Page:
How Circus Helps Anxiety: This article from Self magazine talks about another woman in Chicago who deals with anxiety and uses circus training to aid in her therapy. Her descriptions are amazing, and her medical insights as to why circus may help are even better. My favorite: “Certain types of exercise, such as circus training or even weight lifting, engage our minds to the point where we are intensely present-focused, not lost in worries about the future,” Dr. Vasa tells SELF. She continues, “Studies show a positive impact [of intense exercise] on the central hormonal axis in the body, called the hypothalamic-pituitary-adrenal axis,” which plays a role in how the brain and body adapt to physical or psychological stressors. Another possible mechanism is that exercise has been shown to increase the release of natural (or endogenous) opioids, “our own ‘feel-good’ chemicals, Dr. Vasa adds (think: endorphins)”. 

If You Want To Try Trapeze: I loved the company I found. If you go within the next month or so you can check out their beach location (which I highly recommend), but their Broadway Armory location looks incredible as well and I will probably check it out in the winter. They are called TSNY Chicago.They were professional, encouraging, and I felt safe and taken care of the entire time. They are $50 per session if you go during the day, and slightly higher prices for evening and weekend classes, but if you buy two your first time the third is free and they have packages going forward as well. I also found this Groupon of theirs for week night/weekend classes.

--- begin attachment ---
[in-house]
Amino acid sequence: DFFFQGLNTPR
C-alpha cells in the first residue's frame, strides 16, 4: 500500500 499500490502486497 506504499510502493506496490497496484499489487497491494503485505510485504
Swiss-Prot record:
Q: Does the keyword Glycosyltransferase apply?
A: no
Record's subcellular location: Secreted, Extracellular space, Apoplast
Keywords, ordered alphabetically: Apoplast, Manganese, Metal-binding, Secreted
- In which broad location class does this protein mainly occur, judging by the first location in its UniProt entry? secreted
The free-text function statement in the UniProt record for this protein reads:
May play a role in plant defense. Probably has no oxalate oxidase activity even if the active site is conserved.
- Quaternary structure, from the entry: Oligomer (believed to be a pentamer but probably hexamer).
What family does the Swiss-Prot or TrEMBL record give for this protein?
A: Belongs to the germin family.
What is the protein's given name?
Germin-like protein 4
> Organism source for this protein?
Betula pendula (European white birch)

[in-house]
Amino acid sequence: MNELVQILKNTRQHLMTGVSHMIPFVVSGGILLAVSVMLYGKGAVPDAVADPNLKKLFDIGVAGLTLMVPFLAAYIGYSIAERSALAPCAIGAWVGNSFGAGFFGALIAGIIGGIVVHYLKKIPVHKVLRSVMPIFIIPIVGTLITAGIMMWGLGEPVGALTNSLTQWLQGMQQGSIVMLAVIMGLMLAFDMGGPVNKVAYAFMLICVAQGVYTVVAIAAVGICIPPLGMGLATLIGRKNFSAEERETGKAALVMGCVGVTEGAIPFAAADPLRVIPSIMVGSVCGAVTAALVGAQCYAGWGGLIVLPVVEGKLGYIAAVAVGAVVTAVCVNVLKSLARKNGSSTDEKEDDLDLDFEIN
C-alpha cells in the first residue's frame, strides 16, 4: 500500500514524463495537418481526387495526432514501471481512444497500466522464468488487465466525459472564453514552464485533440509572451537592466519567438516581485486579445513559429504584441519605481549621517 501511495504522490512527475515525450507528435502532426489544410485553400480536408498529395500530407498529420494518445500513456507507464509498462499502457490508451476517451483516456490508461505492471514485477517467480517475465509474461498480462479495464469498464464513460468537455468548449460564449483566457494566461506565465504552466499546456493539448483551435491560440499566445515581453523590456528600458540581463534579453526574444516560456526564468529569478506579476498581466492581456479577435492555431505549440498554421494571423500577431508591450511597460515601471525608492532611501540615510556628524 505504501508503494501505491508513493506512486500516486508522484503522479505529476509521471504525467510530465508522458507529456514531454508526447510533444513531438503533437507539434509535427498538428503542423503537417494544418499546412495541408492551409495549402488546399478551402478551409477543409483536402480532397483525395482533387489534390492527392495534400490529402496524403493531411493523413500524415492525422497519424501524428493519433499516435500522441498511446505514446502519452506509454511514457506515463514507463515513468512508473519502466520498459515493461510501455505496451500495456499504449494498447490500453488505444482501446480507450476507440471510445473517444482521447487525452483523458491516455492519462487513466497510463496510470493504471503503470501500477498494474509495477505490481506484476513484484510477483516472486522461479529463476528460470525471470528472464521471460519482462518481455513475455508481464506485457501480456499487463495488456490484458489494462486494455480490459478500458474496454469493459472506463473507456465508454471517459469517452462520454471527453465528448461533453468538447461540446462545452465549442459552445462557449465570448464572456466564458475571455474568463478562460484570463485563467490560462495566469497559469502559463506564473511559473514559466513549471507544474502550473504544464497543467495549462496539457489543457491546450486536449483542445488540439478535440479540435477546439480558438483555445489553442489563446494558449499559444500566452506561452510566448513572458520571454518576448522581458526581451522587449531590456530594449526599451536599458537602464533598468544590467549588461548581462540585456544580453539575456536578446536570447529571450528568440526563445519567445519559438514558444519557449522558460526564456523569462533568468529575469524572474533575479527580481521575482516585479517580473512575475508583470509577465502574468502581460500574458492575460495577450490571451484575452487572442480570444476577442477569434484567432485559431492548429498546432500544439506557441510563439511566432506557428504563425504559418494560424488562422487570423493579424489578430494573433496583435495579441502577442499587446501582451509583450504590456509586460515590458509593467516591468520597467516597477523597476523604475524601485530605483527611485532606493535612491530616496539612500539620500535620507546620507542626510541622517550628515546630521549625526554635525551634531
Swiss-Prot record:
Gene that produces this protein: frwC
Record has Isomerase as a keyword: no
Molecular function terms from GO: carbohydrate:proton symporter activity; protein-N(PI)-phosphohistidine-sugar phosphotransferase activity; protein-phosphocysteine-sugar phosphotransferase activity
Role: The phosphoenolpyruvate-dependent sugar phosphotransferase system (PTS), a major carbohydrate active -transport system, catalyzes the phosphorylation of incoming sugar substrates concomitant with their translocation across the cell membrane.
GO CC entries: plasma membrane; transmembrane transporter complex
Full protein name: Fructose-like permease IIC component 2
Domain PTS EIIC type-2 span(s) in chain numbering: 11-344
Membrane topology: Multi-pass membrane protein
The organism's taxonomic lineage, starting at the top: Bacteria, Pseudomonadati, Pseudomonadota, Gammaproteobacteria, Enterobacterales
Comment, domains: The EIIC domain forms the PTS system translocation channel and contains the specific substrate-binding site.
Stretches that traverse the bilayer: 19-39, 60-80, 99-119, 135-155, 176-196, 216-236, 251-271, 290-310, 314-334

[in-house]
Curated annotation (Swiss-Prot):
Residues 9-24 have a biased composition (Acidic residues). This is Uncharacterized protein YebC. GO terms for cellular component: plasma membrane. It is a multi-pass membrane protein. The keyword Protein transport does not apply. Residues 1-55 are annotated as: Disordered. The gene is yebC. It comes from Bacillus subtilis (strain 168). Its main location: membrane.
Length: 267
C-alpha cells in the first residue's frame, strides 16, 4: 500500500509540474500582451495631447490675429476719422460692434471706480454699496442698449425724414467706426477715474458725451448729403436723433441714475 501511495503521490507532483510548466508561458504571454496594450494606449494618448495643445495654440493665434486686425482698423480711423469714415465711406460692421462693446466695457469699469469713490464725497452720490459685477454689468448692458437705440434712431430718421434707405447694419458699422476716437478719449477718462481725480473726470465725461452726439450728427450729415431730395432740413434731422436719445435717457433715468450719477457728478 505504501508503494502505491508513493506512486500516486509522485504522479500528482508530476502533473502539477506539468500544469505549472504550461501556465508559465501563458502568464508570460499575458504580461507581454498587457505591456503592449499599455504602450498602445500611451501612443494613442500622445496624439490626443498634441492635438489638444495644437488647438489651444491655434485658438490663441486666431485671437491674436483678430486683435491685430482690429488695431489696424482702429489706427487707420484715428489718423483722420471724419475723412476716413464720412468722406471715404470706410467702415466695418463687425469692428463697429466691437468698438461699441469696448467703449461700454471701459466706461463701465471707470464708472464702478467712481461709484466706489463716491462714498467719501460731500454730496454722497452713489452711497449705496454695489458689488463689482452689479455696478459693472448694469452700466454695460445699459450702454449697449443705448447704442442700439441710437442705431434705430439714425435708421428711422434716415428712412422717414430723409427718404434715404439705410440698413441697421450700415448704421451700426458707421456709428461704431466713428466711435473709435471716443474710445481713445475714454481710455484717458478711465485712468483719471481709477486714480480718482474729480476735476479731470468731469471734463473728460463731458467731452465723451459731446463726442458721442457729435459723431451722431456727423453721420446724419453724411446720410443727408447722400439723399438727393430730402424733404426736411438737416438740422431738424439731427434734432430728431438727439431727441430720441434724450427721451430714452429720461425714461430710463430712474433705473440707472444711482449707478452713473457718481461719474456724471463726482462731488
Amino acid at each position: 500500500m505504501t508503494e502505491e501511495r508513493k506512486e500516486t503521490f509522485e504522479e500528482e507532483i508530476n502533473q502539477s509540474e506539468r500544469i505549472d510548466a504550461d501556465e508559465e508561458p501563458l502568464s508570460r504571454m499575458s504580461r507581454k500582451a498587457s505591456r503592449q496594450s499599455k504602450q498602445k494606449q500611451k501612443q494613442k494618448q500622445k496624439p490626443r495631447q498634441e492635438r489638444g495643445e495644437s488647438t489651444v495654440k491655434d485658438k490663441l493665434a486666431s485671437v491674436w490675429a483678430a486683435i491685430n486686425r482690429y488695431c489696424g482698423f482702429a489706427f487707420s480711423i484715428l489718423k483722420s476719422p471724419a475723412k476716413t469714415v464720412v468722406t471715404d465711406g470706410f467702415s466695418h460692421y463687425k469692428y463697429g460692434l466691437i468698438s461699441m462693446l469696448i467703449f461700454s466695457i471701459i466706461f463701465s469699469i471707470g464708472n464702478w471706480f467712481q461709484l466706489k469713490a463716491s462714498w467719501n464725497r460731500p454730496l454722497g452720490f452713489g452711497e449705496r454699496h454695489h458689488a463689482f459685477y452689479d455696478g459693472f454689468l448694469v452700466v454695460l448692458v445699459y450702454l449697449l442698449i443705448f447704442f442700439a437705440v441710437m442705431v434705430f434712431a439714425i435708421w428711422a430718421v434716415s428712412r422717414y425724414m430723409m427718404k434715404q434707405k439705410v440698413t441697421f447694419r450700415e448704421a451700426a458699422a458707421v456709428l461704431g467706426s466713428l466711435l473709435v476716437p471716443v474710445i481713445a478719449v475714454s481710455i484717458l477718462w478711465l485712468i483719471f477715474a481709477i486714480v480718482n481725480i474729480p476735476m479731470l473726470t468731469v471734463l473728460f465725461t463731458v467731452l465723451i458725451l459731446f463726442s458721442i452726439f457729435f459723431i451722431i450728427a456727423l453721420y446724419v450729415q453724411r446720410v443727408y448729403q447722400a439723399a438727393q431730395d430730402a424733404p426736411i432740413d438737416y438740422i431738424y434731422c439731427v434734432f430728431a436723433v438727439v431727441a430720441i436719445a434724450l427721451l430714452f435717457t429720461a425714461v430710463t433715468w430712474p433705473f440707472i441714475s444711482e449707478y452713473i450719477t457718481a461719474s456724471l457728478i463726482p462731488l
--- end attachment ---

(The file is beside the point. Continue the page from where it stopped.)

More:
Summary On Why Circus May Be Helpful For Mental Illness:

  • It can boost your confidence when you try something difficult. 
  • It boosts positive hormones in your body from the exercise but also from the slight danger that your body feels from trying something new and intimidating. 
  • You can only focus on what you are doing in the moment. It’s like moving meditation, which is something that can be very challenging when facing depression. 
  • Trying something new can feel elating. Personally I feel trapped a lot and it feels liberating just to do something different. This is good news because, while very affordable for what you are doing and the overhead that they pay, trapeze is probably not going to be affordable every time you need a mental boost. Although I am seriously considering budgeting out for a once a month or once every other month experience!

Update On My Show:

Weekly Updates: Almost there on announcing the official fundraiser date! Also, we have a few more volunteer counselors that have been generous enough to donate their time towards the project! Lastly, more and more edits have been added to the script – very exciting! A big week all in all. 

Fundraising: The project is free for audiences and therefore is completely independently funded – any support is appreciated! If you have already donated, I thank you from the bottom of my heart, you have made it possible to get this far. And if you are not in a place to give a dollar right now, thank you for being here and being a part of breaking the stigma on mental health. Much love!If you would like to donate to my show, share this project with a friend, or find out more about it please check out my gofundme here.

Please check out the One Woman Hamlet Website: www.onewomanhamlet.com

AND! my update Video.

Many, Many thanks: Margo Siwak and Joe Siwak for the design of the logo, and to Jillian Best and Bill Best for the Website creation and Design! I feel very blessed to have such beautiful humans in my life.

Ways to Support: If you would like to donate to my show, share this project with a friend, or find out more about it please check out my gofundme here: https://www.gofundme.com/one-woman-hamlet

Thank You: Thank you VERY much to all who have donated thus far, making this project possible.